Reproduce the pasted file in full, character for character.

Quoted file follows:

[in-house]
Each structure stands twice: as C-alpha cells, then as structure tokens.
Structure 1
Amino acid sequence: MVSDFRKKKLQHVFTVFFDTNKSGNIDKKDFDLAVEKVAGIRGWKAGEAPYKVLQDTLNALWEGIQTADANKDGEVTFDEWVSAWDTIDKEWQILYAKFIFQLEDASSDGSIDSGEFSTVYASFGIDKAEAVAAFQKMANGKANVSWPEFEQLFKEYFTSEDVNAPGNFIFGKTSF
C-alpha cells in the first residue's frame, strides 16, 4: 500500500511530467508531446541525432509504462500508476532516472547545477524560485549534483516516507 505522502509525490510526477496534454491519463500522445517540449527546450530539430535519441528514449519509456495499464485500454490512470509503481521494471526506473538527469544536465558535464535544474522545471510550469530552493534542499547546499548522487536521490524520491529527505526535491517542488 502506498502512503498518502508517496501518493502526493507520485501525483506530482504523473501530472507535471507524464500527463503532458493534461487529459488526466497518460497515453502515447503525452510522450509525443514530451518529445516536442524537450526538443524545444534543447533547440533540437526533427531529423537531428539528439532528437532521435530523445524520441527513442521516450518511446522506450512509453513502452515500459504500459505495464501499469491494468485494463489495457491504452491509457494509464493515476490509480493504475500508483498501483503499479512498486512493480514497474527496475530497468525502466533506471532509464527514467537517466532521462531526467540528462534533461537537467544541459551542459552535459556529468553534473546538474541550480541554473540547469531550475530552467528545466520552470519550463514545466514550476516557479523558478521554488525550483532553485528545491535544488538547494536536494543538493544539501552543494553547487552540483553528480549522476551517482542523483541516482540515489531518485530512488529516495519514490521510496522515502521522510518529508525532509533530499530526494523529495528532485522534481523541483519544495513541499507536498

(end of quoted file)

[in-house]
Each structure stands twice: as C-alpha cells, then as structure tokens.
Structure 1
Amino acid sequence: MVSDFRKKKLQHVFTVFFDTNKSGNIDKKDFDLAVEKVAGIRGWKAGEAPYKVLQDTLNALWEGIQTADANKDGEVTFDEWVSAWDTIDKEWQILYAKFIFQLEDASSDGSIDSGEFSTVYASFGIDKAEAVAAFQKMANGKANVSWPEFEQLFKEYFTSEDVNAPGNFIFGKTSF
C-alpha cells in the first residue's frame, strides 16, 4: 500500500511530467508531446541525432509504462500508476532516472547545477524560485549534483516516507 505522502509525490510526477496534454491519463500522445517540449527546450530539430535519441528514449519509456495499464485500454490512470509503481521494471526506473538527469544536465558535464535544474522545471510550469530552493534542499547546499548522487536521490524520491529527505526535491517542488 502506498502512503498518502508517496501518493502526493507520485501525483506530482504523473501530472507535471507524464500527463503532458493534461487529459488526466497518460497515453502515447503525452510522450509525443514530451518529445516536442524537450526538443524545444534543447533547440533540437526533427531529423537531428539528439532528437532521435530523445524520441527513442521516450518511446522506450512509453513502452515500459504500459505495464501499469491494468485494463489495457491504452491509457494509464493515476490509480493504475500508483498501483503499479512498486512493480514497474527496475530497468525502466533506471532509464527514467537517466532521462531526467540528462534533461537537467544541459551542459552535459556529468553534473546538474541550480541554473540547469531550475530552467528545466520552470519550463514545466514550476516557479523558478521554488525550483532553485528545491535544488538547494536536494543538493544539501552543494553547487552540483553528480549522476551517482542523483541516482540515489531518485530512488529516495519514490521510496522515502521522510518529508525532509533530499530526494523529495528532485522534481523541483519544495513541499507536498